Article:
There wasn’t much food left at the end of Temple Sinai’s Chanukah Mart on Sunday. Throughout the afternoon, huge trays of home-made brisket, sufganiyot, kugel and spanakopita were brought from the kitchen to feed those in the lunch line.
“We base our attendance off of how much food is left over,” said Carole Brandt, the event’s chairperson. She guessed that 500 people came through to the Washington congregation.
Certainly, the synagogue was full of people, mainly families, looking for gifts and goodies from the 40 vendors.
Chris Swanberg, owner of Burns Woodburning Pyrography, sat at one table. Pyrography uses heat to burn images onto wood or other materials. One day, Swanberg saw some videos of pyrography online and thought, “I could do that.”
He mainly creates art of DC Comics and Star Wars characters. He also recreates images from famous battles and does burnings of pithy sayings.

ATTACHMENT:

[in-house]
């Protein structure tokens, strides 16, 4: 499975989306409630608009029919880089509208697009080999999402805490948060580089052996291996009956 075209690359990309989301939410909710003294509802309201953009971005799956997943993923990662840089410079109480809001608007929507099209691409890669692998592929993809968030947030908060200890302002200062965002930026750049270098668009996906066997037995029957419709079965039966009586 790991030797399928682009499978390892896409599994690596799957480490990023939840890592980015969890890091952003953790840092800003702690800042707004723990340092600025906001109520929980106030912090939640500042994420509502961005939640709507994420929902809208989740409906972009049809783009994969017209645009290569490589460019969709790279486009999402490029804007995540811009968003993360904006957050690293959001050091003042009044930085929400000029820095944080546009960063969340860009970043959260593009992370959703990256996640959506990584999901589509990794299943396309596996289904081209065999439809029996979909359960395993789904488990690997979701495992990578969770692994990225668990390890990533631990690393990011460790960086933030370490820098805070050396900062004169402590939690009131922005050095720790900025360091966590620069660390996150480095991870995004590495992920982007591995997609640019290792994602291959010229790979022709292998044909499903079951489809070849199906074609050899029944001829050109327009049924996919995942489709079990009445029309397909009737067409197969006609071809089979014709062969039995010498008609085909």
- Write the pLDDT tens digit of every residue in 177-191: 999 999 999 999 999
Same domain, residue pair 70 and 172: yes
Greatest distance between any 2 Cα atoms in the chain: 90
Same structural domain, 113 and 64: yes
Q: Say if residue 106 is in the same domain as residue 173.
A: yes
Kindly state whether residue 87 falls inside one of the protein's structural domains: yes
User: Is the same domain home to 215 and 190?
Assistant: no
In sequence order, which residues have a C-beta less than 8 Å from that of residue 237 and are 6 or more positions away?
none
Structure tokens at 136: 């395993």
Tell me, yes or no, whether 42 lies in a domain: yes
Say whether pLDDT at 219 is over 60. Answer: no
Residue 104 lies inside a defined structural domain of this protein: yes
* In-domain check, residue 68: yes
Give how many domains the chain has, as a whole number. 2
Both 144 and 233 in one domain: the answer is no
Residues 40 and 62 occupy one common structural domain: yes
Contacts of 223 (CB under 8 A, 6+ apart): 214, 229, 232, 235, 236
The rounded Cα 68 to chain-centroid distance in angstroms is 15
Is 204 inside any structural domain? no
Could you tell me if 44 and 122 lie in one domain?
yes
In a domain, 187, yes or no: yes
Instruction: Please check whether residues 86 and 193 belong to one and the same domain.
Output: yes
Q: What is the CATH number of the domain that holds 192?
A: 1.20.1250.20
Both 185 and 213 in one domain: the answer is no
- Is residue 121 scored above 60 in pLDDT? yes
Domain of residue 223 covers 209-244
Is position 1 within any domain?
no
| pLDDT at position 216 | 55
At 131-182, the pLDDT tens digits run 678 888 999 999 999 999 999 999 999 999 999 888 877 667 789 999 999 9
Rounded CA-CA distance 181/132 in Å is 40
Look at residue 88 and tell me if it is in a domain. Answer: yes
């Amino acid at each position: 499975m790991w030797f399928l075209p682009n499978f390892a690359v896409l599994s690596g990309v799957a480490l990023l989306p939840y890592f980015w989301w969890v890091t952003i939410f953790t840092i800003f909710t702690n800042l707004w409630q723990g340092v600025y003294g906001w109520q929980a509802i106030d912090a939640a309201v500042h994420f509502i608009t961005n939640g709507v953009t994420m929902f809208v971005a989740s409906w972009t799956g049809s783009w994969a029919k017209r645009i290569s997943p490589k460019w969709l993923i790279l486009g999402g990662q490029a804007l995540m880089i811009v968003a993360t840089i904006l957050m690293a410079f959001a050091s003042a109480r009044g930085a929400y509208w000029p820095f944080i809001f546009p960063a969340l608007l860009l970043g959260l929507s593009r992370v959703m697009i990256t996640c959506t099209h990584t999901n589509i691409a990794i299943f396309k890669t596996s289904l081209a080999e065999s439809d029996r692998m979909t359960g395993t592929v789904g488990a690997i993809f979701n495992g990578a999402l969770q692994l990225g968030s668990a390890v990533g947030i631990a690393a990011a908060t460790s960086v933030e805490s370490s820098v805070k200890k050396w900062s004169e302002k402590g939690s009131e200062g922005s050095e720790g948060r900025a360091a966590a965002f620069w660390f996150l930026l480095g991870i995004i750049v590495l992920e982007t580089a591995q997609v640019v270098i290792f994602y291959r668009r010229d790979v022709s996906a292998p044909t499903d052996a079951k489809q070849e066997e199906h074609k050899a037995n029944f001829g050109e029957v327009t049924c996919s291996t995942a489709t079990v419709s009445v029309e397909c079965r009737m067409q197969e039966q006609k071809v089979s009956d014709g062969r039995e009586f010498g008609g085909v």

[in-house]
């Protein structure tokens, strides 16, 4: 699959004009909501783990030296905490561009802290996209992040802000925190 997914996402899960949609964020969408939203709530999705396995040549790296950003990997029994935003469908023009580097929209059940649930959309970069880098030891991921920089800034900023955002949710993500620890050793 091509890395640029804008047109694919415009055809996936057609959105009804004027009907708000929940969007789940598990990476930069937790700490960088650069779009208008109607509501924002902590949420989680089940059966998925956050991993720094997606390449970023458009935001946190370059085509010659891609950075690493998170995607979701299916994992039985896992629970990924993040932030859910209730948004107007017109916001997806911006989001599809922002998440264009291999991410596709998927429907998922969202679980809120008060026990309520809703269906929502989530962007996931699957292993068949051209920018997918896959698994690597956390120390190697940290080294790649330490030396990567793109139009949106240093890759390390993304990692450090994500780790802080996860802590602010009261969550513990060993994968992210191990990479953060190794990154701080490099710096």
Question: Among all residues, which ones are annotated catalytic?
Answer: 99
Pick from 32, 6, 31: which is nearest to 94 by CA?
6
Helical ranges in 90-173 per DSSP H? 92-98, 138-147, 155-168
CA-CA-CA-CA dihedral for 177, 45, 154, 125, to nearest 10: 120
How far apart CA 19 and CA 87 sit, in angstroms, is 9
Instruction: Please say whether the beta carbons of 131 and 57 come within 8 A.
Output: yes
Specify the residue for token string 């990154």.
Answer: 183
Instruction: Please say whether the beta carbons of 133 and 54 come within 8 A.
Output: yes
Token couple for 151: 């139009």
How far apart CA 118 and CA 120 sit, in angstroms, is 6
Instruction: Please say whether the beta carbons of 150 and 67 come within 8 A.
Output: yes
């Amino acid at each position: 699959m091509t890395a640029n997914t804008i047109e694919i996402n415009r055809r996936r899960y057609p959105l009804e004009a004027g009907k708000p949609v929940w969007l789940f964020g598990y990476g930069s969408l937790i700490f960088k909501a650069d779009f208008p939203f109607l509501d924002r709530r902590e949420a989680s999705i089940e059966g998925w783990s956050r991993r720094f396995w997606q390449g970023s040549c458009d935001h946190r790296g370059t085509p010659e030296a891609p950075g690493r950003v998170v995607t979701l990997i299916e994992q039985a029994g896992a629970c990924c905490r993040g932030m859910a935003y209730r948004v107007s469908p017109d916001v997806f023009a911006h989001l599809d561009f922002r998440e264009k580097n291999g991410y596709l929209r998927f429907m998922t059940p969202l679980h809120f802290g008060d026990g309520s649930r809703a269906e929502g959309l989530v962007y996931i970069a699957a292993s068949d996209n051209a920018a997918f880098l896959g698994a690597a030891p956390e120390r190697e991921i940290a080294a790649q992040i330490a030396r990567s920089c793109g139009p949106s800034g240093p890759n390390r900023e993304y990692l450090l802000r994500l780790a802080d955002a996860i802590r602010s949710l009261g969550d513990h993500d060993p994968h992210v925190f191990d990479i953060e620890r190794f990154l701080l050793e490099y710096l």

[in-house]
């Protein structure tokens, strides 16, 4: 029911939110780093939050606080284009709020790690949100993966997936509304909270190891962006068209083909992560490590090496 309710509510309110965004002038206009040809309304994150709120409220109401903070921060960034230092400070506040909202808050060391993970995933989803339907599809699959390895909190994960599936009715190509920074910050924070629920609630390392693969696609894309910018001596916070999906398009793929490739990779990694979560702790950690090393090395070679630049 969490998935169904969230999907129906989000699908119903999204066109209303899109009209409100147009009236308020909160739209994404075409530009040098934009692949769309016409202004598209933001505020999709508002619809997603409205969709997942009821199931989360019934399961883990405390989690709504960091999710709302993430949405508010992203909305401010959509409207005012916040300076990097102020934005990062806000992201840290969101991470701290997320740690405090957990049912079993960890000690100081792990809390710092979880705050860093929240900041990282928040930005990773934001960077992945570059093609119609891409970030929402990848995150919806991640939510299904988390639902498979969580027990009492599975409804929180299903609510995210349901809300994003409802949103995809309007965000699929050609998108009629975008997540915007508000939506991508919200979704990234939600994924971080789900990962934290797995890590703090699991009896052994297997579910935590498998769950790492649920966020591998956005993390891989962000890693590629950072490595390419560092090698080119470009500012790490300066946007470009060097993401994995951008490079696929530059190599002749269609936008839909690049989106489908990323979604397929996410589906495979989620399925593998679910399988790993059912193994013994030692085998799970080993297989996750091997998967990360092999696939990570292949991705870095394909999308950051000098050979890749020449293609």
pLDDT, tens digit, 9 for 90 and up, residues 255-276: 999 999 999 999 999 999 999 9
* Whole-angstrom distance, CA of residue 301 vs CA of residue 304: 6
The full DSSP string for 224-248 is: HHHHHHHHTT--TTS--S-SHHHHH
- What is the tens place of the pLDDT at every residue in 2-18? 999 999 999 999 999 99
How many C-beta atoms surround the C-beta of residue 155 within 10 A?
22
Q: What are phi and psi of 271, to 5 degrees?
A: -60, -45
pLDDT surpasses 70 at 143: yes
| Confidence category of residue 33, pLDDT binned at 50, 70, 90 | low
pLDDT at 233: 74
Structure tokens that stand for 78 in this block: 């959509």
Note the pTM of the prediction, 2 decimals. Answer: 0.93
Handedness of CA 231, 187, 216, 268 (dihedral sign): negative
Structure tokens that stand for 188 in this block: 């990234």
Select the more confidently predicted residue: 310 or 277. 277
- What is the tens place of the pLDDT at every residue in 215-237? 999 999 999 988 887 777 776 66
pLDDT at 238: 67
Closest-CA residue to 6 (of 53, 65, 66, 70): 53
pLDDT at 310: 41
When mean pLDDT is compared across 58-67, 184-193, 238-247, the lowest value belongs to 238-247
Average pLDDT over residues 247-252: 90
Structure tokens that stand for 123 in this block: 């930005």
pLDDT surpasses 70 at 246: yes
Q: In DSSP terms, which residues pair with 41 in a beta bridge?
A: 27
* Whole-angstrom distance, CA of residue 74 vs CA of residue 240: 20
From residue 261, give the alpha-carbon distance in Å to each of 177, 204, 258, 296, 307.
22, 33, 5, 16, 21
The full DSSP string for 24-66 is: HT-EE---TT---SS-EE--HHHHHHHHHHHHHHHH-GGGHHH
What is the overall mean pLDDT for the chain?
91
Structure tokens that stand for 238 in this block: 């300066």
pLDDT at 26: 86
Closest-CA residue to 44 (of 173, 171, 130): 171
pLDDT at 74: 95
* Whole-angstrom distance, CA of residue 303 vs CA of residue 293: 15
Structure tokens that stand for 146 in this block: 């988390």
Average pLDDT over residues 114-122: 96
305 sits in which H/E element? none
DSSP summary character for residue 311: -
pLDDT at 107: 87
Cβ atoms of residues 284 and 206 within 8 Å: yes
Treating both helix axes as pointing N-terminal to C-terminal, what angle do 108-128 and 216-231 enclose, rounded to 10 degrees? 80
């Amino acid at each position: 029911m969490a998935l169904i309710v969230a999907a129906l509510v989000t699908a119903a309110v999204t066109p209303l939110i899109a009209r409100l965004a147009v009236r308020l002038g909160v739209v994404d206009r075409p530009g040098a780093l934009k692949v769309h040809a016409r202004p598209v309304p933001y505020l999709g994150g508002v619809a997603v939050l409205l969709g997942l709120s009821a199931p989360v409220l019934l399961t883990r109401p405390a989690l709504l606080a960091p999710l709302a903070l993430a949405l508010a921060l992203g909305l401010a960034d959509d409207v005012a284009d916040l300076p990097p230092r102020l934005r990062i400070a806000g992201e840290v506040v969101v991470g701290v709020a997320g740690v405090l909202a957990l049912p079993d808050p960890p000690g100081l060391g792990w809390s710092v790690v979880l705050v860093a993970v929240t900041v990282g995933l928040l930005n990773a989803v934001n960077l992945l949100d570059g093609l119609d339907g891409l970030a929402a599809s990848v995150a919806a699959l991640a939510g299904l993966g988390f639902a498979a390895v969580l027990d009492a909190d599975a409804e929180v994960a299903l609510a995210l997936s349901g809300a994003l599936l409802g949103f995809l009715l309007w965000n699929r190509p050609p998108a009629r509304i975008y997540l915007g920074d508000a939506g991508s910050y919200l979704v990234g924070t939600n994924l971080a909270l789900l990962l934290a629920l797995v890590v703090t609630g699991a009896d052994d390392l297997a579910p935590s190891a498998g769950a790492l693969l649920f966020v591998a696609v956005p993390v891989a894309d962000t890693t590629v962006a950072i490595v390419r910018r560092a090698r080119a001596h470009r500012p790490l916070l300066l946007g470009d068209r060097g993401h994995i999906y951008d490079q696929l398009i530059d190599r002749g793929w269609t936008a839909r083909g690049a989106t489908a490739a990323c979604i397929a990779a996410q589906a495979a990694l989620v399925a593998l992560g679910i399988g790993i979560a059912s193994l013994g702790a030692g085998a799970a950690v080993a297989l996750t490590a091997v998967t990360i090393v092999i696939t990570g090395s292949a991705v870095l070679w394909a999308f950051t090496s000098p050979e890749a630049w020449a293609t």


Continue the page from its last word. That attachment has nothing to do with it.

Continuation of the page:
One of his pieces was bought by 10-year-old Sasha Lifer. It read: “If you can’t eat it or play with it, pee on it and walk away —K-9 Wisdom.”
“I thought it was funny,” Sasha said. He also loves dogs and has a golden retriever named Rudolf.
Plenty of the event’s younger customers were picking out gifts for their family and friends. Three-year-old Emi Santos had chosen tiger and hippo finger puppets for her older sisters, and a panda finger puppet and jelly-ring for herself. Six year-old Mia Brawner had selected a wooden picture frame with the word “Woof” carved into it for her friend’s birthday party that afternoon, and was hoping to find some art supplies to go with it.
Not all the kids were there to shop. Rose and Paul Sussman were selling homemade bracelets. The siblings were donating the proceeds to Sinai House, a program run by the congregation that offers transitional housing for homeless families.
“We gathered [at Temple Sinai] at 9 o’clock when the mart starts and we sell until it ends,” said Rose, 11.
According to Brandt, last year’s Chanukah Mart took in $10,000. Vendors give a percentage of their profits to Temple Sinai, and the money made from the food goes to synagogue programs and events.